Changing trends among students' job expectations has made the Indiana University to contemplate about establishing a school especially for the study of philanthropy.
Pending formal approval from the state this year, the University plans to start the nation's first School of Philanthropy on the Indiana University-Purdue University, Indianapolis (IUPUI) Campus, reports Indianapolis Star.
A report on the Star claims that non-profits account for 9 per cent of US wages and salaries and the percentage is expected to grow "sharply" as nonprofits continue to take larger share of philanthropic work away from the government and private entities.
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In a survey conducted by the UCLA Higher Education Institute, 47 per cent of the total respondents were of the opinion that "working for social change" is necessary and very important while choosing their future careers. Around 27000 graduating college seniors were included in this study.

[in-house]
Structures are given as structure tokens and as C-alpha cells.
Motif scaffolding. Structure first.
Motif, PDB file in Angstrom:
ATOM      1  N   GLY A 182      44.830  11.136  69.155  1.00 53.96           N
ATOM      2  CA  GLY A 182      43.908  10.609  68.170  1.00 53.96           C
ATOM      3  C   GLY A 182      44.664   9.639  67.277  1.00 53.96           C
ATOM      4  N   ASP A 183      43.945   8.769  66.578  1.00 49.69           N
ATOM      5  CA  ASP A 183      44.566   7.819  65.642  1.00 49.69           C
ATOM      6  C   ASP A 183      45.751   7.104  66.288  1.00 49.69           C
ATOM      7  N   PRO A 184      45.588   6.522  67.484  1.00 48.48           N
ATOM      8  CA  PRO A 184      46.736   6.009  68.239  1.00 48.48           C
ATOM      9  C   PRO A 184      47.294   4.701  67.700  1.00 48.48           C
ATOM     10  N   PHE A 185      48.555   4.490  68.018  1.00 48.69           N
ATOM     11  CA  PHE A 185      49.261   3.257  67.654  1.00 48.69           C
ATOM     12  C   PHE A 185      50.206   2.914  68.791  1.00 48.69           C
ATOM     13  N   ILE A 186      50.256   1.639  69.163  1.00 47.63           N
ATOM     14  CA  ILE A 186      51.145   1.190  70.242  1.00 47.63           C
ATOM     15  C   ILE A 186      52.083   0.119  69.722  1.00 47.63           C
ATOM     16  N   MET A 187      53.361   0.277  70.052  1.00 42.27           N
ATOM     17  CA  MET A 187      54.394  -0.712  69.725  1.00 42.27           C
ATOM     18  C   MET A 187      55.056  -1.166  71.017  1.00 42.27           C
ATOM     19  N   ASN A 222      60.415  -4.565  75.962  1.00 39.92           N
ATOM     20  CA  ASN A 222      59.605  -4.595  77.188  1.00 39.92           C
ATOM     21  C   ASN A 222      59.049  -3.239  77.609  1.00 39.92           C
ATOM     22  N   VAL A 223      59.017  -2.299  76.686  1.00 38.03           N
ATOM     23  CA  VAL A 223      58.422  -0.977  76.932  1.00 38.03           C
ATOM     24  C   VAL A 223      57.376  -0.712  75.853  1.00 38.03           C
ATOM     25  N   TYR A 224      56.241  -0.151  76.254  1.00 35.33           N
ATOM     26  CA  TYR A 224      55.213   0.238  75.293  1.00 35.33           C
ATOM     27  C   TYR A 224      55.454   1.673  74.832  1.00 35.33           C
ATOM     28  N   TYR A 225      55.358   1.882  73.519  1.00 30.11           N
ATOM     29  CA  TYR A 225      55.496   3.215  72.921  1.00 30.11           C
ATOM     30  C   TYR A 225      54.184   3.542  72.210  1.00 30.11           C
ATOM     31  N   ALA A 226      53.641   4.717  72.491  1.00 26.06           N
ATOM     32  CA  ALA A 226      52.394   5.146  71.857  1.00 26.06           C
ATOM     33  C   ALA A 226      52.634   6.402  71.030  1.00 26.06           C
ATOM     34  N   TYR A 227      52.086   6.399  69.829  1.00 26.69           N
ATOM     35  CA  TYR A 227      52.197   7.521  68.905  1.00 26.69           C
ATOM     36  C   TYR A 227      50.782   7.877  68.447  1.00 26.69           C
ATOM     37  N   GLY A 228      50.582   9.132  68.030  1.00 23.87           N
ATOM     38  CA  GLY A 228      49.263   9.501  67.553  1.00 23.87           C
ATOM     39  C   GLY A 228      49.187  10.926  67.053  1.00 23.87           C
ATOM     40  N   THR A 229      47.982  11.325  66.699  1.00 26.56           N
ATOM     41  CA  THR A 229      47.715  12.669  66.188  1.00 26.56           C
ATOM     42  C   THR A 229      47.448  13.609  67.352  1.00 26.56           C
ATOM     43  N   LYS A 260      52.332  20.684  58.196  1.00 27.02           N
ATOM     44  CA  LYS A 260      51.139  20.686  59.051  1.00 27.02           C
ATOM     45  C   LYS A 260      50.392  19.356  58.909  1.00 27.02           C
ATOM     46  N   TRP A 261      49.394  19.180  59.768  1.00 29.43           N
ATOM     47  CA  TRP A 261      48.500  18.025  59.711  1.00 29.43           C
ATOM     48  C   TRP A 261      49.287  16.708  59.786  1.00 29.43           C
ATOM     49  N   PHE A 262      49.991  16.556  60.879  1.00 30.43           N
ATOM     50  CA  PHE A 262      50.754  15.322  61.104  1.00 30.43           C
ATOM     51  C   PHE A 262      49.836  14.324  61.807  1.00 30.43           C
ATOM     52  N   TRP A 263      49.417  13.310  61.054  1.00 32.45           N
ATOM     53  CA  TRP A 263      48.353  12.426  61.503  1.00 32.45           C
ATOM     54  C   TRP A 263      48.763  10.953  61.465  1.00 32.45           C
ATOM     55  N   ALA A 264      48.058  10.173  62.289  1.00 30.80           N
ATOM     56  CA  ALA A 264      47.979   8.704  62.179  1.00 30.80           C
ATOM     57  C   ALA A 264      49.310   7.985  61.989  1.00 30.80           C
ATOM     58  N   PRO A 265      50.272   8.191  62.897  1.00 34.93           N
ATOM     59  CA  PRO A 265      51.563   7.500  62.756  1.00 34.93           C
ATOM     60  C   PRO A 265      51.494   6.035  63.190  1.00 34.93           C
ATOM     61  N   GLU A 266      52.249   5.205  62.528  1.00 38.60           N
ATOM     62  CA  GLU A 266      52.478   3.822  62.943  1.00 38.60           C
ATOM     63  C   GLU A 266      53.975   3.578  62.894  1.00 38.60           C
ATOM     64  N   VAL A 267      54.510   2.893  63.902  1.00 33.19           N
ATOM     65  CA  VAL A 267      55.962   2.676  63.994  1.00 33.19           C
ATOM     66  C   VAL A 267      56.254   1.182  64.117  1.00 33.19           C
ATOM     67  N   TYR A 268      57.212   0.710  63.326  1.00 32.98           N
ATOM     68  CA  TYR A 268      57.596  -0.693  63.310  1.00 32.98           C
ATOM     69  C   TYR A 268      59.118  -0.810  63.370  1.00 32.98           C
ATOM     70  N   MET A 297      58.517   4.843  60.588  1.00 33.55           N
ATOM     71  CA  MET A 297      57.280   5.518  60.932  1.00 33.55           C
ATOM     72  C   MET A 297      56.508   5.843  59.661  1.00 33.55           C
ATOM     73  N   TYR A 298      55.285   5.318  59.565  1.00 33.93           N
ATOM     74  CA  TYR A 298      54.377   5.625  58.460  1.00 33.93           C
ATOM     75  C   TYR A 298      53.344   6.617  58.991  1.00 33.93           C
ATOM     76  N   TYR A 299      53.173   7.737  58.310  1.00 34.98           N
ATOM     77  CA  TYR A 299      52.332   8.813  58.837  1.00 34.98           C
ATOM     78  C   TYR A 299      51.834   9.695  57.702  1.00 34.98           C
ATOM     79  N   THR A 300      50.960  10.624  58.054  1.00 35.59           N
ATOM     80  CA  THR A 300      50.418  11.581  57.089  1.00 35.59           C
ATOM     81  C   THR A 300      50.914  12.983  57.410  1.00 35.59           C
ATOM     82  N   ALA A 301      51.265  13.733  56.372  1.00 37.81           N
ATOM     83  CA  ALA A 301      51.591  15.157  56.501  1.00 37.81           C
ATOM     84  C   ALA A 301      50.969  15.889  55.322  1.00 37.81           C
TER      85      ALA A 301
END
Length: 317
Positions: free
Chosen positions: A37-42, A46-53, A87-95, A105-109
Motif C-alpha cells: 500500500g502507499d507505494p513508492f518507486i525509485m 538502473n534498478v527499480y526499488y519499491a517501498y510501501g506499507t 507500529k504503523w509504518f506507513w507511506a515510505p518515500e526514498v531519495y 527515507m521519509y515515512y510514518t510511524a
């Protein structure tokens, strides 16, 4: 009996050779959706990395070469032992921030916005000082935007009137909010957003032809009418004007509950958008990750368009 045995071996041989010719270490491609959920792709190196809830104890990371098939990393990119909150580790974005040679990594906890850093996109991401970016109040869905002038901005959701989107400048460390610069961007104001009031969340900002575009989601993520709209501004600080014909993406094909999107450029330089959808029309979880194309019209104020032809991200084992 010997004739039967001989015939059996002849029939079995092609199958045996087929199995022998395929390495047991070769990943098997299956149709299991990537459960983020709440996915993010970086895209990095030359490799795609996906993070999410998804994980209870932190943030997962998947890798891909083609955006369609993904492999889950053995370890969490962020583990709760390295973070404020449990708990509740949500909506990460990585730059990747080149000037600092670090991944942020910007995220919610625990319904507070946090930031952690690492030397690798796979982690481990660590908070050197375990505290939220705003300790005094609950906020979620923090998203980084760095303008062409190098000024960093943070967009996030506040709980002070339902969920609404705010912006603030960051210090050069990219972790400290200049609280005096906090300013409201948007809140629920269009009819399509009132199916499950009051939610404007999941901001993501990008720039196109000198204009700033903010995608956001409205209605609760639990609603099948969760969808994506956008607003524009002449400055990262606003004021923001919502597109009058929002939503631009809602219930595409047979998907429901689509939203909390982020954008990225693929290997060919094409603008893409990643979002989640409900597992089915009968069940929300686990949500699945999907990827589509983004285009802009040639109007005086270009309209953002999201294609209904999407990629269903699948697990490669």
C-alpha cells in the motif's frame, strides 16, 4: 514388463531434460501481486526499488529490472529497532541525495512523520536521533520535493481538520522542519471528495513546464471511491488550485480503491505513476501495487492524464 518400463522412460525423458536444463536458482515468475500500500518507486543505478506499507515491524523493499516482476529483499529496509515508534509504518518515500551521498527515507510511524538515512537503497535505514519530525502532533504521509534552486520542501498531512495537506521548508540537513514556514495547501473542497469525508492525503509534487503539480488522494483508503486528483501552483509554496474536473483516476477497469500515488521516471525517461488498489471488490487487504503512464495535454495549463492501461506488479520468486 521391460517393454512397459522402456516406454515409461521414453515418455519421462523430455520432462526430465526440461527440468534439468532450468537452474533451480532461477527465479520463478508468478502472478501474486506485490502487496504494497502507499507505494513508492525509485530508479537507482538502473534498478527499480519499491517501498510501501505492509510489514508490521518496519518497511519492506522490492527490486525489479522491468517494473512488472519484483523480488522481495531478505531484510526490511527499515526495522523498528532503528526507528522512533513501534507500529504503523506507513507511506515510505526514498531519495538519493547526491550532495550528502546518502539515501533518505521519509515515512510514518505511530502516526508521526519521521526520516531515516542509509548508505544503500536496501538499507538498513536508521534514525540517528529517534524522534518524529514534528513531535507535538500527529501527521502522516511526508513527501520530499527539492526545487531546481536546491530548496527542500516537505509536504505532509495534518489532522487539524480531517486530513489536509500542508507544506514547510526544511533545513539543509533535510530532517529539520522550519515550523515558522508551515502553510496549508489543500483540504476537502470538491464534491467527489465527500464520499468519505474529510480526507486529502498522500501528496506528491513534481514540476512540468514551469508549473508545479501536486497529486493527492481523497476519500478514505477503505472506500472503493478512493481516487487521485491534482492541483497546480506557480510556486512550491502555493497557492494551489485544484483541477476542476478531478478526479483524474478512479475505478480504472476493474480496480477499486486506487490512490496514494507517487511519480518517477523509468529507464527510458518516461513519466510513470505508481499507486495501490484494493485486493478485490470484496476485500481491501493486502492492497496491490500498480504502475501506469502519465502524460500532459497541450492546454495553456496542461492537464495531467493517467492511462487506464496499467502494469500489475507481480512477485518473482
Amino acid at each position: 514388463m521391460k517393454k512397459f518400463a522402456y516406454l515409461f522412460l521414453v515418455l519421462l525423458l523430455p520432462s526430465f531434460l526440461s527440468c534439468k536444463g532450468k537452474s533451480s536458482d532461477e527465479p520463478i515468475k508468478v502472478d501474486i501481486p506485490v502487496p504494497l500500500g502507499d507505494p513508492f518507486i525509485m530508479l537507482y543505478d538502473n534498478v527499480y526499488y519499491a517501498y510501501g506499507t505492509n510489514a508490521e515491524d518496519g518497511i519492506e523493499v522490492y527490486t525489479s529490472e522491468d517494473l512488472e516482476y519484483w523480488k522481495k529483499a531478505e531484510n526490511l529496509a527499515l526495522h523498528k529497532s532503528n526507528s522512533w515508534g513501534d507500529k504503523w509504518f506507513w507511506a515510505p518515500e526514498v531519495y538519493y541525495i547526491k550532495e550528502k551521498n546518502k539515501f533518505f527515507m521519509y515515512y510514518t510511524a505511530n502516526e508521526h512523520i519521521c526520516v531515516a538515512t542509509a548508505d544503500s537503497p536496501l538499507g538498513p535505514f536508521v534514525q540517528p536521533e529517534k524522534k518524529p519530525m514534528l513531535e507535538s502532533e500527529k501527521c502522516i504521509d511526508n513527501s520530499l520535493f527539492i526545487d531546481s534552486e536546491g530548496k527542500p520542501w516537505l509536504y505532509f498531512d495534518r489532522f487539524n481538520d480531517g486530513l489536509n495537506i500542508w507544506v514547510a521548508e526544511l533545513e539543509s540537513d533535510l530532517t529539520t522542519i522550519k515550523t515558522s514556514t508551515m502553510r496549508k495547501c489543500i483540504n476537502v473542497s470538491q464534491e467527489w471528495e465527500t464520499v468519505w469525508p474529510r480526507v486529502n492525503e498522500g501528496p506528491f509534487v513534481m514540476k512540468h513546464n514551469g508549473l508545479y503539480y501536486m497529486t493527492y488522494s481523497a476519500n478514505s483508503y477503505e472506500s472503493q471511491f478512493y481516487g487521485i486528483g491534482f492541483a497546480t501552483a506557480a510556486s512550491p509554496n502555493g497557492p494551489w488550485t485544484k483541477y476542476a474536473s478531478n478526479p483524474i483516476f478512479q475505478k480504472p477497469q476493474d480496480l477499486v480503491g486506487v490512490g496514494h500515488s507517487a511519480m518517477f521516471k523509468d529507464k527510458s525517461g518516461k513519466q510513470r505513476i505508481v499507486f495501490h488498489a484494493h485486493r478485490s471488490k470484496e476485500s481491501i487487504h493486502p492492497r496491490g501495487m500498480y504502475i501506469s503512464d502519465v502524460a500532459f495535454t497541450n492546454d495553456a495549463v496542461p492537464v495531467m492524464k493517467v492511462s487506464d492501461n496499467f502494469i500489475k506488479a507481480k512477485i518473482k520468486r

In addition, the Net Impact survey of 2012 on "What workers want" found that 58 per cent of undergraduate student respondents were ready to take a 15 per cent pay cut for an "impact job" and "work for an organization whose values are like [their] own".
Despite the large numbers of students who want to pursue this line of study, there are very few programmes available for the students to opt, let alone an exclusive School for Philanthropy. To bridge this gap between aspirations of the state's youth and the academic programmes, the Indiana University is enthusiastic about establishing the school, once it gets the nod from the state.
University officials are positive that the School of Philanthropy will be a world-class option for undergraduate students who want specialized training and for other adults who would like to pursue advanced degrees and research opportunities to increase their ability to make an impact.